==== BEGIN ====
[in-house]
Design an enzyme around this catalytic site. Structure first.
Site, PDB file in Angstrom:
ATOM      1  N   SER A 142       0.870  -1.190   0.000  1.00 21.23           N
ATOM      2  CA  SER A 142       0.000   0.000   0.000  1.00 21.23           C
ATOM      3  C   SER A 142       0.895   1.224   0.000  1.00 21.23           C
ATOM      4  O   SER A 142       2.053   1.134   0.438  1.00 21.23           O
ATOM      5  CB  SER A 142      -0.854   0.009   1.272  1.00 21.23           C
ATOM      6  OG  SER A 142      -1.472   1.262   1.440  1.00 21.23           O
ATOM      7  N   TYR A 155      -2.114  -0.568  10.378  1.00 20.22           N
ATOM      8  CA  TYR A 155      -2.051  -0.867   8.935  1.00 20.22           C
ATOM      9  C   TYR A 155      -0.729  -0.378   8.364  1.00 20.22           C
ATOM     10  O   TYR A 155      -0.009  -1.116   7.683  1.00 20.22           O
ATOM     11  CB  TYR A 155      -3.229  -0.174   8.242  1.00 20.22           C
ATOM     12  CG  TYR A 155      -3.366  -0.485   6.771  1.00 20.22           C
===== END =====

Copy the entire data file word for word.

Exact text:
[in-house]
Design an enzyme around this catalytic site. Structure first.
Site, PDB file in Angstrom:
ATOM      1  N   SER A 142       0.870  -1.190   0.000  1.00 21.23           N
ATOM      2  CA  SER A 142       0.000   0.000   0.000  1.00 21.23           C
ATOM      3  C   SER A 142       0.895   1.224   0.000  1.00 21.23           C
ATOM      4  O   SER A 142       2.053   1.134   0.438  1.00 21.23           O
ATOM      5  CB  SER A 142      -0.854   0.009   1.272  1.00 21.23           C
ATOM      6  OG  SER A 142      -1.472   1.262   1.440  1.00 21.23           O
ATOM      7  N   TYR A 155      -2.114  -0.568  10.378  1.00 20.22           N
ATOM      8  CA  TYR A 155      -2.051  -0.867   8.935  1.00 20.22           C
ATOM      9  C   TYR A 155      -0.729  -0.378   8.364  1.00 20.22           C
ATOM     10  O   TYR A 155      -0.009  -1.116   7.683  1.00 20.22           O
ATOM     11  CB  TYR A 155      -3.229  -0.174   8.242  1.00 20.22           C
ATOM     12  CG  TYR A 155      -3.366  -0.485   6.771  1.00 20.22           C